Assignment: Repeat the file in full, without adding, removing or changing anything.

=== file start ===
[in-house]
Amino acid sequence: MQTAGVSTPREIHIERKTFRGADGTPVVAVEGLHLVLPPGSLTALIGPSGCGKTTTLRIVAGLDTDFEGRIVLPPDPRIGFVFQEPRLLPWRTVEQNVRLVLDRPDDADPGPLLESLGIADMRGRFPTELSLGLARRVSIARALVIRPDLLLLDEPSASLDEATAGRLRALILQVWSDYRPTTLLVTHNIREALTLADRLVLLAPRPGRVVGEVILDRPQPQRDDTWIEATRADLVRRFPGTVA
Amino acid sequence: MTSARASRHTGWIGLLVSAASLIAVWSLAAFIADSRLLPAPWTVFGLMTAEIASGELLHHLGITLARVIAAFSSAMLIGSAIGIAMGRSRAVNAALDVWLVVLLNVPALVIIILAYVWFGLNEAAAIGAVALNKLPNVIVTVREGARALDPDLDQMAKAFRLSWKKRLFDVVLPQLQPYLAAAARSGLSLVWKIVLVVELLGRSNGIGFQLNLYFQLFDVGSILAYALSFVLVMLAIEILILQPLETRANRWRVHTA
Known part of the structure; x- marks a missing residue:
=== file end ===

[in-house]
Amino acid sequence: MQTAGVSTPREIHIERKTFRGADGTPVVAVEGLHLVLPPGSLTALIGPSGCGKTTTLRIVAGLDTDFEGRIVLPPDPRIGFVFQEPRLLPWRTVEQNVRLVLDRPDDADPGPLLESLGIADMRGRFPTELSLGLARRVSIARALVIRPDLLLLDEPSASLDEATAGRLRALILQVWSDYRPTTLLVTHNIREALTLADRLVLLAPRPGRVVGEVILDRPQPQRDDTWIEATRADLVRRFPGTVA
Amino acid sequence: MTSARASRHTGWIGLLVSAASLIAVWSLAAFIADSRLLPAPWTVFGLMTAEIASGELLHHLGITLARVIAAFSSAMLIGSAIGIAMGRSRAVNAALDVWLVVLLNVPALVIIILAYVWFGLNEAAAIGAVALNKLPNVIVTVREGARALDPDLDQMAKAFRLSWKKRLFDVVLPQLQPYLAAAARSGLSLVWKIVLVVELLGRSNGIGFQLNLYFQLFDVGSILAYALSFVLVMLAIEILILQPLETRANRWRVHTA
Known part of the structure; x- marks a missing residue: